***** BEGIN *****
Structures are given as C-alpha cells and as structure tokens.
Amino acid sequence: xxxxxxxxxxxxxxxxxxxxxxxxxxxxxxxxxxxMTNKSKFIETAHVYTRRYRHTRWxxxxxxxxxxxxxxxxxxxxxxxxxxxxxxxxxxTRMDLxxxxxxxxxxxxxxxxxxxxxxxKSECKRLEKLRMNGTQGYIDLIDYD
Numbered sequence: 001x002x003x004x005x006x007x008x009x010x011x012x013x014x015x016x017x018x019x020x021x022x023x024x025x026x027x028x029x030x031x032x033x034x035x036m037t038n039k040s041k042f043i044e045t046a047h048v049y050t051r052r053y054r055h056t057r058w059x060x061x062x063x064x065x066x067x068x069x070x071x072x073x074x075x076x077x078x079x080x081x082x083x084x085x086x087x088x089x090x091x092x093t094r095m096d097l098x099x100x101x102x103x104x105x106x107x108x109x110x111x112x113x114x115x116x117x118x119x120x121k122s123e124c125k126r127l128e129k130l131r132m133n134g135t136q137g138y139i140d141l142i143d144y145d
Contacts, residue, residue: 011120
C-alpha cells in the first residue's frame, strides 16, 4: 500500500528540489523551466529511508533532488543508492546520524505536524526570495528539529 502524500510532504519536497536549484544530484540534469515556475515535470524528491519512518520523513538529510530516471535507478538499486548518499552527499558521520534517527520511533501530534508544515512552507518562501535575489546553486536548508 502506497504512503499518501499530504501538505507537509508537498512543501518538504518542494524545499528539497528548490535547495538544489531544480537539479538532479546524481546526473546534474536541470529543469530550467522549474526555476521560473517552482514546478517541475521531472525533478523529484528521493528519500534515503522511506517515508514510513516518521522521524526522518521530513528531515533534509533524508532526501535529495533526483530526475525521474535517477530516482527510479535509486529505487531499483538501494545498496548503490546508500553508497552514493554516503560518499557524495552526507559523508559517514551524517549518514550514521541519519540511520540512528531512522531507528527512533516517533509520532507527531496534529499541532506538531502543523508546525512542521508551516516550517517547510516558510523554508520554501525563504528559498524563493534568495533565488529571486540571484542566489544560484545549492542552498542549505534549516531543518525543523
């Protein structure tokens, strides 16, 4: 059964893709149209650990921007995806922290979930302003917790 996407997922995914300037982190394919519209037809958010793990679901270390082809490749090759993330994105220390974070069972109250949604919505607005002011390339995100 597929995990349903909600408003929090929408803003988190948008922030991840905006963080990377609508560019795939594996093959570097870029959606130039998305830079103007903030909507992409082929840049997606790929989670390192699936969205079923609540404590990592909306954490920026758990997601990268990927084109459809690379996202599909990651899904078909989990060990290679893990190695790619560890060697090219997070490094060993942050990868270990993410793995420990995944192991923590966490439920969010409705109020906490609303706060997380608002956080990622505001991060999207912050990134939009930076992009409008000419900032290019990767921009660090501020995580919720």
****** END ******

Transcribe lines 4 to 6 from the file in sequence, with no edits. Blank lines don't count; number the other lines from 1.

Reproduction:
Contacts, residue, residue: 011120
C-alpha cells in the first residue's frame, strides 16, 4: 500500500528540489523551466529511508533532488543508492546520524505536524526570495528539529 502524500510532504519536497536549484544530484540534469515556475515535470524528491519512518520523513538529510530516471535507478538499486548518499552527499558521520534517527520511533501530534508544515512552507518562501535575489546553486536548508 502506497504512503499518501499530504501538505507537509508537498512543501518538504518542494524545499528539497528548490535547495538544489531544480537539479538532479546524481546526473546534474536541470529543469530550467522549474526555476521560473517552482514546478517541475521531472525533478523529484528521493528519500534515503522511506517515508514510513516518521522521524526522518521530513528531515533534509533524508532526501535529495533526483530526475525521474535517477530516482527510479535509486529505487531499483538501494545498496548503490546508500553508497552514493554516503560518499557524495552526507559523508559517514551524517549518514550514521541519519540511520540512528531512522531507528527512533516517533509520532507527531496534529499541532506538531502543523508546525512542521508551516516550517517547510516558510523554508520554501525563504528559498524563493534568495533565488529571486540571484542566489544560484545549492542552498542549505534549516531543518525543523
């Protein structure tokens, strides 16, 4: 059964893709149209650990921007995806922290979930302003917790 996407997922995914300037982190394919519209037809958010793990679901270390082809490749090759993330994105220390974070069972109250949604919505607005002011390339995100 597929995990349903909600408003929090929408803003988190948008922030991840905006963080990377609508560019795939594996093959570097870029959606130039998305830079103007903030909507992409082929840049997606790929989670390192699936969205079923609540404590990592909306954490920026758990997601990268990927084109459809690379996202599909990651899904078909989990060990290679893990190695790619560890060697090219997070490094060993942050990868270990993410793995420990995944192991923590966490439920969010409705109020906490609303706060997380608002956080990622505001991060999207912050990134939009930076992009409008000419900032290019990767921009660090501020995580919720």